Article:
The Secret to Finding Writing Gigs That Actually Pay the Bills
As part of our Money Week series, Jessica Goodman explains why it’s time to shed the stigma around side hustles.
Upon learning this trick of the trade, I rolled my eyes at the idea, secretly hoping I was above seeking out this kind of work. But after I gave notice, and as my final regular paycheck got closer and closer, I knew all those writers were right. I needed some fast, easy money that came when it said it would, had zero prestige, and helped cover my basic expenses so I could focus on meeting deadlines for my next young adult novel, The Counselors.
So I set about finding this kind of work with the determination of a cub reporter trying to get their first scoop. I reached out to almost every single person I knew who moved from magazines into mysterious industries like “branding,” “marketing,” and “copywriting” and asked if they ever worked with freelancers or could provide guidance. Most were helpful and eager to spread the wealth, directing me to folks at fashion labels, health tech companies, or lifestyle brands who may need quick snappy copy or a ghostwritten blog post.
I also hit up all those freelance friends again, letting them know I was available for “literally anything,” the kind of desperation that may not help me land a cover story at a beloved magazine but will definitely set me up for a bunch of consistent gigs writing “on-brand copy” for a company I have no plans of ever writing about in a journalistic sense.
Some writers—journalists, especially—choose not to work on these projects to avoid conflicts of interest (like if you’re a tech journalist but also write ad copy for Apple, that’s a no-no). But for me, these kinds of assignments serve as an important piece in the Tetris board of “trying to make this whole freelance thing work.” If I relied solely on freelance journalism, an industry in which I spent ten years building a career, to sustain me financially, I would be making muchless than I am now. And if I spent my time only working on novels and other long-term creative projects, I would be going months without getting a paycheck, since authors earn pieces of their advance in chunks and royalties come only twice a year.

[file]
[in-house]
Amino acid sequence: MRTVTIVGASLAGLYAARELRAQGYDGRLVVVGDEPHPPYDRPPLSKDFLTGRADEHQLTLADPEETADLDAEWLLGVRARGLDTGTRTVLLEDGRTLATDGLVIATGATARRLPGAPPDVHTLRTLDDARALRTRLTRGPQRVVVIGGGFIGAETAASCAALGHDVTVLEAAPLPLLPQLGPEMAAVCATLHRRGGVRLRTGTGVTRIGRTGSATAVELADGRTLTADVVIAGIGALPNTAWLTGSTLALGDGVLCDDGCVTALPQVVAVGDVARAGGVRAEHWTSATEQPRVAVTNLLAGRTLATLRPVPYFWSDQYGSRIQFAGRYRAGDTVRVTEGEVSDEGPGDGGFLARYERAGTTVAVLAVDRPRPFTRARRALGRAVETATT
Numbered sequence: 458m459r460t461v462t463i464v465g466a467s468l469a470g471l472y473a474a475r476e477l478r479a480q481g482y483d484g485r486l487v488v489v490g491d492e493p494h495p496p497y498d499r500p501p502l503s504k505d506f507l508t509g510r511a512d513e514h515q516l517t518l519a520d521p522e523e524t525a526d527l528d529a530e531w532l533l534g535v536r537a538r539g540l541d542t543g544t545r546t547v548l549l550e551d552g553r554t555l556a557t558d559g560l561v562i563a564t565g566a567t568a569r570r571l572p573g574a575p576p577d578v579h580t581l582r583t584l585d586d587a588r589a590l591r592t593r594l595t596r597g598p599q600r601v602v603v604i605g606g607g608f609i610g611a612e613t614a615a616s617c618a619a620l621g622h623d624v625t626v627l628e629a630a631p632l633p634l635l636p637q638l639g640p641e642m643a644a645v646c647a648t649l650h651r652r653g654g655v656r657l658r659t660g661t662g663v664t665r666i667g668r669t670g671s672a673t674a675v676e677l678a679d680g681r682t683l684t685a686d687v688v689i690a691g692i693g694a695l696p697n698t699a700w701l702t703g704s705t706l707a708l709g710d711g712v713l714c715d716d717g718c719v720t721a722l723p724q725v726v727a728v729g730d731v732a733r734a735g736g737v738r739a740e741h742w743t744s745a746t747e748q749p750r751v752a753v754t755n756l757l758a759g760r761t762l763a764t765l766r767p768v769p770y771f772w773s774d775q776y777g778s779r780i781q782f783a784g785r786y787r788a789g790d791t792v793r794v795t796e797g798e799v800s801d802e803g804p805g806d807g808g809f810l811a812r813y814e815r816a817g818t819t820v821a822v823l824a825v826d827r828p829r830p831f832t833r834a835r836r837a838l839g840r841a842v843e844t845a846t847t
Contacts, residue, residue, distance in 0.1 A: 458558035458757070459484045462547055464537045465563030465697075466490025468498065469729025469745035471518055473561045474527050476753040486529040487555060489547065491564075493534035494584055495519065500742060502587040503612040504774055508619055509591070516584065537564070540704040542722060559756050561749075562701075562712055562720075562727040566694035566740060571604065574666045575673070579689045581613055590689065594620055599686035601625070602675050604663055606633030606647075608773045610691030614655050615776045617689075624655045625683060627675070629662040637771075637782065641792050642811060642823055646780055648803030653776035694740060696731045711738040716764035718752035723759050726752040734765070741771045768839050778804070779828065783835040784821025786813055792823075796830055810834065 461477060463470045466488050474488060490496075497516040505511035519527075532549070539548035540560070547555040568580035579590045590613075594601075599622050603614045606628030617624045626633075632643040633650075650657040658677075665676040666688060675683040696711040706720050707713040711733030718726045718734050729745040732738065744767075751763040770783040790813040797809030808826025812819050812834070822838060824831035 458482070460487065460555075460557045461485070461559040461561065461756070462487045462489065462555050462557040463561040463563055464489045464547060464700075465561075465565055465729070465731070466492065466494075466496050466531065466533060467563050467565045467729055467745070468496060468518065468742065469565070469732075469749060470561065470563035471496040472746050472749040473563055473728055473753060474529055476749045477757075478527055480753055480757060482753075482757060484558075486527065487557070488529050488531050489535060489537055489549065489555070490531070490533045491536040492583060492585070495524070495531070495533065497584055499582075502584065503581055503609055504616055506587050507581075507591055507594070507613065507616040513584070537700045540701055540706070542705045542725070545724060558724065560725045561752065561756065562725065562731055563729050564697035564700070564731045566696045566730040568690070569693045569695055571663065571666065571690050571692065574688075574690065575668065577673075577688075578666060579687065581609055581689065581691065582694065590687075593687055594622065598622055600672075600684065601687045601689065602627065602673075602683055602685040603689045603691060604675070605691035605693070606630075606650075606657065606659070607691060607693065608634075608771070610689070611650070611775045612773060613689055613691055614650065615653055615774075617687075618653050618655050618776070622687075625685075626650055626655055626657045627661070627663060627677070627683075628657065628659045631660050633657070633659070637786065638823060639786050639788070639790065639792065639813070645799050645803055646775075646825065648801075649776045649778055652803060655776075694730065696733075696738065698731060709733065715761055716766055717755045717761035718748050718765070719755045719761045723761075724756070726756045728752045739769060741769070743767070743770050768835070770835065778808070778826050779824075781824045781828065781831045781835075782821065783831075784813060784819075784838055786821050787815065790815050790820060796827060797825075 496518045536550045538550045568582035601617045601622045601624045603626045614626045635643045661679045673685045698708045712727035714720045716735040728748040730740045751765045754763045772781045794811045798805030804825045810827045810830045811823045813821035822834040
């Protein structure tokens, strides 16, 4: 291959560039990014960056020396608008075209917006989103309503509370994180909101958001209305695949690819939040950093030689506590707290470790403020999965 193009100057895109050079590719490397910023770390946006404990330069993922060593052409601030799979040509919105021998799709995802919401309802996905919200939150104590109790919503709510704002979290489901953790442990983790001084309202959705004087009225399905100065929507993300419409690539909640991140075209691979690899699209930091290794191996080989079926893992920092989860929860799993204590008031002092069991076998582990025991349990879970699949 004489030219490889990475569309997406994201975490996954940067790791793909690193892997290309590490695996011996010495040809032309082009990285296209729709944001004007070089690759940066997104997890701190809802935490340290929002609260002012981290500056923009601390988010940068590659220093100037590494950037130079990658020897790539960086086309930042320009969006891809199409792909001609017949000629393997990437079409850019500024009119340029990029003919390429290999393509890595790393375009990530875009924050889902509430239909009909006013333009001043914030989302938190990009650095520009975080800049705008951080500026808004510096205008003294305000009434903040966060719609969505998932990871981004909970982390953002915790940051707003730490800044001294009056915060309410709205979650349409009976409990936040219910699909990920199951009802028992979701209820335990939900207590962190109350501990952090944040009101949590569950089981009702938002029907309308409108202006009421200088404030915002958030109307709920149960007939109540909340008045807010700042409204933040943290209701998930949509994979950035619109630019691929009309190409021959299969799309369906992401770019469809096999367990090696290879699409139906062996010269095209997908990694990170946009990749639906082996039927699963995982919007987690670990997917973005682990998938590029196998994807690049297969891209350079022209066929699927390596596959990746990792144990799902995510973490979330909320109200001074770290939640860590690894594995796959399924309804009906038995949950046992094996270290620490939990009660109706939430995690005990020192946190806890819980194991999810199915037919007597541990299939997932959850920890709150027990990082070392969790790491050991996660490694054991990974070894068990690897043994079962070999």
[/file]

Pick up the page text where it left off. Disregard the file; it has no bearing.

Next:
Of course there are exceptions to the whole “everyone writes garbage copy” theory—the debut novelist with a seven-figure advance, the magazine writers who command four dollars a word, tenacious reporters who earn grants from nonprofits, folks who make the financially smart choice not to live in the most expensive city in the US, as I do. But for many of us, taking up gigs as tutors, editorial strategists, project managers, or yoga teachers to make ends meet is all part of the job. Being a “real writer” isn’t about holing up with your typewriter at a cabin in the woods, beholden only to the creative process of crafting the next Great American Novel. It’s about making sure you can sustain a life that allows you to write—and the gift of garbage copy helps me do that.
Jessica Goodman is the Indiebound bestselling author of They Wish They Were Us and They'll Never Catch Us. She is the op-ed editor at Cosmopolitan, and has held editorial positions at Entertainment Weekly and HuffPost. She lives in Brooklyn, New York.